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Jul 24, 2019

Towards a light driven molecular assembler

Posted by in categories: biological, chemistry, nanotechnology, physics

A team of chemists built the first artificial assembler, which uses light as the energy source. These molecular machines are performing synthesis in a similar way as biological nanomachines. Advantages are fewer side products, enantioselectivity, and shorter synthetic pathways since the mechanosynthesis forces the molecules into a predefined reaction channel.

Chemists usually synthesize molecules using stochastic bond-forming collisions of the reactant molecules in solution. Nature follows a different strategy in biochemical synthesis. The majority of biochemical reactions are driven by machine-type protein complexes that bind and position the reactive molecules for selective transformations. Artificial “molecular assemblers” performing “mechanosynthesis” have been proposed as a new paradigm in chemistry and nanofabrication. A team of chemists at Kiel University (Germany) built the first artificial assembler, that performs synthesis and uses light as the energy source. The system combines selective binding of the reactants, accurate positioning, and active release of the product. The scientists published their findings in the journal Communications Chemistry.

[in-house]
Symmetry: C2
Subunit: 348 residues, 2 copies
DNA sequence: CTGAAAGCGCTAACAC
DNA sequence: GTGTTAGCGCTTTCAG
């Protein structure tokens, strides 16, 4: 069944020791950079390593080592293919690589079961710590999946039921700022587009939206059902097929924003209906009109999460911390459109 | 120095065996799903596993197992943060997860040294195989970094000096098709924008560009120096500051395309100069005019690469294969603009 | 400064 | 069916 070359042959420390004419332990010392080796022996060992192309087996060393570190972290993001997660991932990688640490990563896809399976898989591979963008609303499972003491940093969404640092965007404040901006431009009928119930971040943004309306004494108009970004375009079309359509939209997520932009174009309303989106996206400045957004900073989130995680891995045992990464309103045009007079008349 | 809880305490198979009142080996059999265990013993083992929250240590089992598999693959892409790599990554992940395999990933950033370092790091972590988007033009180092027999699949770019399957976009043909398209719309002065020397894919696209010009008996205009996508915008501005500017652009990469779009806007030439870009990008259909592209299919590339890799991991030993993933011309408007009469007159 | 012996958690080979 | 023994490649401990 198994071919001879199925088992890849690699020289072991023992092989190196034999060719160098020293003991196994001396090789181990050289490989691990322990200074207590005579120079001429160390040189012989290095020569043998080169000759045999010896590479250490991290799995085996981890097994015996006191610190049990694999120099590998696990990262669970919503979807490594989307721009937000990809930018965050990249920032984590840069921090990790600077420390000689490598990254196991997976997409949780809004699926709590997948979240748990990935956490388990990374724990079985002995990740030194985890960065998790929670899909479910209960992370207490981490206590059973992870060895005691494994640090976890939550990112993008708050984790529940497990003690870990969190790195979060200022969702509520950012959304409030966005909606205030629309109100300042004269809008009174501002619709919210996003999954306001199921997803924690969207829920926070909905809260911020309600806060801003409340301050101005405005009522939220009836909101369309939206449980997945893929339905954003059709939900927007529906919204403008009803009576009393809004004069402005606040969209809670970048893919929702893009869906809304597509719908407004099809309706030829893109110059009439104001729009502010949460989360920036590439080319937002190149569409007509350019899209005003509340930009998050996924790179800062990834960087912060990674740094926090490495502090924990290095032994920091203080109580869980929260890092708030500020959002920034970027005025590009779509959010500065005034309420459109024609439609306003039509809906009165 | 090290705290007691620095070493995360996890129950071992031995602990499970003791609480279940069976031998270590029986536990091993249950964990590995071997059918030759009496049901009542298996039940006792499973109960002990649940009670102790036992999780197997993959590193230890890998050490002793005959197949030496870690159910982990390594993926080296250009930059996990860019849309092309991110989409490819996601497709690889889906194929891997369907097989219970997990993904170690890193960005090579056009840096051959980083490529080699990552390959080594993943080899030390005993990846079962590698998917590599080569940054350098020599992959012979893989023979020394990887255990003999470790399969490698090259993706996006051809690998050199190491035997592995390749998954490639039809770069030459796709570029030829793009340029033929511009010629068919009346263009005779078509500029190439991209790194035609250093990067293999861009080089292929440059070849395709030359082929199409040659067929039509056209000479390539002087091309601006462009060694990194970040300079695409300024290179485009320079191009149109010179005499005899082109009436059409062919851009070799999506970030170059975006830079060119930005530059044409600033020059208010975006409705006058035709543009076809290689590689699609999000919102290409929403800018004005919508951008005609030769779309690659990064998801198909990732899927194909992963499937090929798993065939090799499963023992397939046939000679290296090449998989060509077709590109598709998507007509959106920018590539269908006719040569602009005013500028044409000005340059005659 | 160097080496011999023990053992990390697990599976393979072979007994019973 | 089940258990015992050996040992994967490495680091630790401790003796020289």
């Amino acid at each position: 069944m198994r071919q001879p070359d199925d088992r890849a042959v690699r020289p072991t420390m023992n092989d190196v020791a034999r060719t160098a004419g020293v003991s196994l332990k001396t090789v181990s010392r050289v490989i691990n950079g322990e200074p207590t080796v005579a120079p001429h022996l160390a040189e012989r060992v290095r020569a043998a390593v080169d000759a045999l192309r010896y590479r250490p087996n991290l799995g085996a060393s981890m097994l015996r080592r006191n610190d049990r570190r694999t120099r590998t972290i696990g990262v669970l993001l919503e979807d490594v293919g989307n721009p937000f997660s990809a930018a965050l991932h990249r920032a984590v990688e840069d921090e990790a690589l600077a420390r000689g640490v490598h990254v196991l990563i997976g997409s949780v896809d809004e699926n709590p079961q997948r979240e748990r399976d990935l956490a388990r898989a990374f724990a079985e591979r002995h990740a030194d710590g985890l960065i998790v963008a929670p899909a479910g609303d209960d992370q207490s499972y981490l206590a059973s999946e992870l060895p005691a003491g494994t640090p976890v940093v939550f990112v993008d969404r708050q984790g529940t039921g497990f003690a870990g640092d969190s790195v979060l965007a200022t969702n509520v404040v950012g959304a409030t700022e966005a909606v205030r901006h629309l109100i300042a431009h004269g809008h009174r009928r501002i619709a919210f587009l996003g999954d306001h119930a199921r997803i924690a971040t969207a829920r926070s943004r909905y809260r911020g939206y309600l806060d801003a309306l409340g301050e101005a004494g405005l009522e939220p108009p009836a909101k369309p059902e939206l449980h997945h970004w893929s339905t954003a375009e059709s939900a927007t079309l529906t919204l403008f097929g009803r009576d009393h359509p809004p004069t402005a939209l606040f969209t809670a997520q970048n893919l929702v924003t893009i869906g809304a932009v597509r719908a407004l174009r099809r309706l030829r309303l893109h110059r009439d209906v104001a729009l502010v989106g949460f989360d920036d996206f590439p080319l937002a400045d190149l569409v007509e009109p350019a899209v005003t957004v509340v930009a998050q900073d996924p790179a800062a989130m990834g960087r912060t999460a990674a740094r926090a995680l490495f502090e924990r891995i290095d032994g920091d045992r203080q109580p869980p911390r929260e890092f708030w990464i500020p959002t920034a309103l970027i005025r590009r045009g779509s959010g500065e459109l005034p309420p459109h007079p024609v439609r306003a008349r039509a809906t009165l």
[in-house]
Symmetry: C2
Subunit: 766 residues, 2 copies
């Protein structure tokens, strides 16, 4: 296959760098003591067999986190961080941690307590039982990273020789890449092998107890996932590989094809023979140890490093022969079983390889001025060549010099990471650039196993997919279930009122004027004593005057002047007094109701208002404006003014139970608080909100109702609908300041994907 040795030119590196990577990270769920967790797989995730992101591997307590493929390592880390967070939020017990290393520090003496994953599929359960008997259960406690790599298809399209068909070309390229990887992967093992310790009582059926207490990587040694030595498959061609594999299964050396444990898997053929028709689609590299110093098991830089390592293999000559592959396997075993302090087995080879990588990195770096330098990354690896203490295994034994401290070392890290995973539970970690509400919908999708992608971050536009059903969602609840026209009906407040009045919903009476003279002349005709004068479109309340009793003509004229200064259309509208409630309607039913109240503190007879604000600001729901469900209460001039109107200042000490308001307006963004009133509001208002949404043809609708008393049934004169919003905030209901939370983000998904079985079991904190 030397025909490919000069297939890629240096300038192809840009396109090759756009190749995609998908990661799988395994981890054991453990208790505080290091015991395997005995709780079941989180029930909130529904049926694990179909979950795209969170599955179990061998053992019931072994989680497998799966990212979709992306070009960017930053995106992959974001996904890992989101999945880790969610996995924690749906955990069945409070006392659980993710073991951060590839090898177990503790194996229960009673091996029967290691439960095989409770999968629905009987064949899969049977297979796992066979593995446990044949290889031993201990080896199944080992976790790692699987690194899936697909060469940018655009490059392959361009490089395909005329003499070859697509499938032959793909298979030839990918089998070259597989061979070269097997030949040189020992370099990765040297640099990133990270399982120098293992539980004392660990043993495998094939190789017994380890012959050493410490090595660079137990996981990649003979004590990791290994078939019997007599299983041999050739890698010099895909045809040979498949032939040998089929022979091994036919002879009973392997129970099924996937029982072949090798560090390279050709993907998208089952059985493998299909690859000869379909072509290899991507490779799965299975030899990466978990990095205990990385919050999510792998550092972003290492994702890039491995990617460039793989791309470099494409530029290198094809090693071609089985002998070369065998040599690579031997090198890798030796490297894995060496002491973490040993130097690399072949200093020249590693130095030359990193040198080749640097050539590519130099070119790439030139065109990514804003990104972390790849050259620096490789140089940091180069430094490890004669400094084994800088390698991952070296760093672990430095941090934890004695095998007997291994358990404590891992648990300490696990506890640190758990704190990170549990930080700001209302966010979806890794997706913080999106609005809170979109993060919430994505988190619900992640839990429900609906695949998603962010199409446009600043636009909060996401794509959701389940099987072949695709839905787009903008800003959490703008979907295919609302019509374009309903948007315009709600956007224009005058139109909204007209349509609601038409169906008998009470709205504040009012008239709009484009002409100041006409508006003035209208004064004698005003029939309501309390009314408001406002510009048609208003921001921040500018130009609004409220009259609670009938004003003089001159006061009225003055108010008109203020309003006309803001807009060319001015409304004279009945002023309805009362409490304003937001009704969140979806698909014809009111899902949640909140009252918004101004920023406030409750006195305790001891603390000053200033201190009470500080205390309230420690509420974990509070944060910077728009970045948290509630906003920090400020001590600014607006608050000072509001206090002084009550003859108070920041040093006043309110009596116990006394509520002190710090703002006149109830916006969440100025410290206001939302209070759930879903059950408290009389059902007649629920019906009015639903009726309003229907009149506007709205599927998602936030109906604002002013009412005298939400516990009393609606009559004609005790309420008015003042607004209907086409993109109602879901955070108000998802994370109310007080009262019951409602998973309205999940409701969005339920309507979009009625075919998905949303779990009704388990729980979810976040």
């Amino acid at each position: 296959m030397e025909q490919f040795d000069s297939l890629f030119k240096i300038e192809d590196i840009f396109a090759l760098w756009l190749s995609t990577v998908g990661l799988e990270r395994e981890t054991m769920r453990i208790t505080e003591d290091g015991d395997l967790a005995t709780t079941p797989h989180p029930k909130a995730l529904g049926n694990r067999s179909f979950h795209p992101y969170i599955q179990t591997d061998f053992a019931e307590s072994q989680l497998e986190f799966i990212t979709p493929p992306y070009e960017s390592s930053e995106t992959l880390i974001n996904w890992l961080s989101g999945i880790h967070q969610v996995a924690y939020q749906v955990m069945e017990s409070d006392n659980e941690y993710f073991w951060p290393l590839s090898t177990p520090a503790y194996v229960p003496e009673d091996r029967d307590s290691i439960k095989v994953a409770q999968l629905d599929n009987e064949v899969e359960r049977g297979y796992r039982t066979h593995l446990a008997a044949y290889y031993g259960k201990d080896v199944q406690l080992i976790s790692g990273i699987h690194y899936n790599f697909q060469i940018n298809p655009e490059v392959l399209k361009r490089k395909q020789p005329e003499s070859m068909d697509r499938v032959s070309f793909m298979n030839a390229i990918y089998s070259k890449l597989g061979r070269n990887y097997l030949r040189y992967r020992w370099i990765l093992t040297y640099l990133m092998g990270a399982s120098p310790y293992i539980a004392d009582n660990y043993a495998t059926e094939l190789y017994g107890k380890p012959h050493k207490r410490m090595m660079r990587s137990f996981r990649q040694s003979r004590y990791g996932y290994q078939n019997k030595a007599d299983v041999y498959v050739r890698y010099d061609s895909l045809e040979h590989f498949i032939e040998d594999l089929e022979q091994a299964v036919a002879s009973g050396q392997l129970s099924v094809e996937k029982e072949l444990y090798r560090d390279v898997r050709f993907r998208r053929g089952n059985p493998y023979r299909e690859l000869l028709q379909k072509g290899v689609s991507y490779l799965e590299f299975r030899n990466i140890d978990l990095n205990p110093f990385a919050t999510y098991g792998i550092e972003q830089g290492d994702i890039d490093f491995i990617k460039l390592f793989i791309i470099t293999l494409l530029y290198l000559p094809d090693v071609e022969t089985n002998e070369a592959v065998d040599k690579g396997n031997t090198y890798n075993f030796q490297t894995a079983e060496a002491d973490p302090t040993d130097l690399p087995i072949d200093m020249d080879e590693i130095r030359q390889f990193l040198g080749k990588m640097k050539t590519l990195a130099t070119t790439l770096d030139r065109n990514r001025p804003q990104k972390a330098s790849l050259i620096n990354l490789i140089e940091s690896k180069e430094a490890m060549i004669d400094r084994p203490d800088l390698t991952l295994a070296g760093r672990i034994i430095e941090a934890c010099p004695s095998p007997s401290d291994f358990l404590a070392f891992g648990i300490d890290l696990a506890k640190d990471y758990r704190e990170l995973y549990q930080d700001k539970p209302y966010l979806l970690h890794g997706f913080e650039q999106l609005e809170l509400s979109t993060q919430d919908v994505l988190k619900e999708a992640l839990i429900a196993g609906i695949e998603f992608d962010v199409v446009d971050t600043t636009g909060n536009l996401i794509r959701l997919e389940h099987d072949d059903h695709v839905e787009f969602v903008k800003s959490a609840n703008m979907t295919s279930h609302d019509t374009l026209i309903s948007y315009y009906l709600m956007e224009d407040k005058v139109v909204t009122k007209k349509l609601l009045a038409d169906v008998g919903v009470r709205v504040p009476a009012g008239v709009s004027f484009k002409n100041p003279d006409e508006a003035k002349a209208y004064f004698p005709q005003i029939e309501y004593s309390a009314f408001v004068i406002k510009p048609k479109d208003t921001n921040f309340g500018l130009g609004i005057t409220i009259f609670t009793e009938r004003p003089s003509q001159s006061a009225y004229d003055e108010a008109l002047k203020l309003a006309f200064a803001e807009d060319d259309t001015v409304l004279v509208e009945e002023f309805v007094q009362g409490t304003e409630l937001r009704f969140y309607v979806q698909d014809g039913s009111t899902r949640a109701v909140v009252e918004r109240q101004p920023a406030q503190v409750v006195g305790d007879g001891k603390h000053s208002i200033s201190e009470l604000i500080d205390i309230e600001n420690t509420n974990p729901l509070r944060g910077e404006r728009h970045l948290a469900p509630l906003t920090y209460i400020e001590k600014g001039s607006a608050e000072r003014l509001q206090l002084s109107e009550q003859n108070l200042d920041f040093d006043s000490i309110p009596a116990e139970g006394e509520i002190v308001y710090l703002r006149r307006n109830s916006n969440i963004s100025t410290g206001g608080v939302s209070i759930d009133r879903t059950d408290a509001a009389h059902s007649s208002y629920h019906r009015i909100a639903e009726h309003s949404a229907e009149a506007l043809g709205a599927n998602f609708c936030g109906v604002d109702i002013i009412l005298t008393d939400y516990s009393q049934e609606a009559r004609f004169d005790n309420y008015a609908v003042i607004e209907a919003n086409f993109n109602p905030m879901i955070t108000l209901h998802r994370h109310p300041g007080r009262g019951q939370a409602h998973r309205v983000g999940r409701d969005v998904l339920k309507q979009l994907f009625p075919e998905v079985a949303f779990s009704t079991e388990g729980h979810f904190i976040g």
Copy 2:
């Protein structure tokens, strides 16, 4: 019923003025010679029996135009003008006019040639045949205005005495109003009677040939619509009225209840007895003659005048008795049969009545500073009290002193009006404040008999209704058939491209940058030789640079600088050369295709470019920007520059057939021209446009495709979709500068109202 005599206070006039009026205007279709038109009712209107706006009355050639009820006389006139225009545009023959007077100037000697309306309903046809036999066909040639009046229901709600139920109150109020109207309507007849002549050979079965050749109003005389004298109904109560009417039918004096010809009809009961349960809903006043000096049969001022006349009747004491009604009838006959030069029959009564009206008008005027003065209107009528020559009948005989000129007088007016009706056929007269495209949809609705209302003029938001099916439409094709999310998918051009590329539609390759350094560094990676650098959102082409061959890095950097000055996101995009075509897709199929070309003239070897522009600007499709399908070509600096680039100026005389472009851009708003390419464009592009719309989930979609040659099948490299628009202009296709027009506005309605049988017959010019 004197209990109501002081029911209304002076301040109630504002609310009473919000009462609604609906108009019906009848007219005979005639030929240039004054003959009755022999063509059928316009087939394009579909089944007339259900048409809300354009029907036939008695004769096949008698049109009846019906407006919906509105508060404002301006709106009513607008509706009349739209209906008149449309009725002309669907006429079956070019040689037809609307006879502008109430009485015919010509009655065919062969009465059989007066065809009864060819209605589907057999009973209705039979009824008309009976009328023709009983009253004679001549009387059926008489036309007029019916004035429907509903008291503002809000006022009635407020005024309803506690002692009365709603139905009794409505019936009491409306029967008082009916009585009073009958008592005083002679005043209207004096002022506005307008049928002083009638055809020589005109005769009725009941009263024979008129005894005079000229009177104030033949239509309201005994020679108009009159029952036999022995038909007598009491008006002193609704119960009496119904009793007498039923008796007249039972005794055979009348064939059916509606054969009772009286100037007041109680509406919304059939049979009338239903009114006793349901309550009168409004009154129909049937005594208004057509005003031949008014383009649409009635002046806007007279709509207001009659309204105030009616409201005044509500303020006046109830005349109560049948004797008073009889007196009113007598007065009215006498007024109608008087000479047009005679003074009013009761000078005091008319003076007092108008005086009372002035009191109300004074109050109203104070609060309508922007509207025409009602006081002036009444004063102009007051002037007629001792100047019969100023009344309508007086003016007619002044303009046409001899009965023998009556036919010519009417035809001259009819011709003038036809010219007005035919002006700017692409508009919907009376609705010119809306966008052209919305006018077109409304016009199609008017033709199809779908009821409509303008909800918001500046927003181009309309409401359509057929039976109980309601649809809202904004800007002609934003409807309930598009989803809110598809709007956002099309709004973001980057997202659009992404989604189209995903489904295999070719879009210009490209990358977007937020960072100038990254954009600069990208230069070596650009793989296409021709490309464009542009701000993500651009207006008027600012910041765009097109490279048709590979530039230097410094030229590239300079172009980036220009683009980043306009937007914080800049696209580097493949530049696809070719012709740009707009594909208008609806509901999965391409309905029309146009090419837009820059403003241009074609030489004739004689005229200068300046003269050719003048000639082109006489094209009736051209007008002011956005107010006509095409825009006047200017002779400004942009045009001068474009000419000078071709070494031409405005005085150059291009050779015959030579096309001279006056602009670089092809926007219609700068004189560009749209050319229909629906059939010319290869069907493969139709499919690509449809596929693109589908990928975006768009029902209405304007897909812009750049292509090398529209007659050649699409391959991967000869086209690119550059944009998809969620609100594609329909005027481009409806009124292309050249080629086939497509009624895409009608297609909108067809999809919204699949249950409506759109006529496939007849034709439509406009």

The idea of molecular assemblers, that are able to build molecules, has already been proposed in 1986 by K. Eric Drexler, based on ideas of Richard Feynman, Nobel Laureate in Physics. In his book “Engines of Creation: The Coming Era of Nanotechnology” and follow-up publications Drexler proposes molecular machines capable of positioning reactive molecules with atomic precision and to build larger, more sophisticated structures via mechanosynthesis. If such a molecular nanobot could build any molecule, it could certainly build another copy of itself, i.e. it could self-replicate. These imaginative visions inspired a number of science fiction authors, but also started an intensive scientific controversy.

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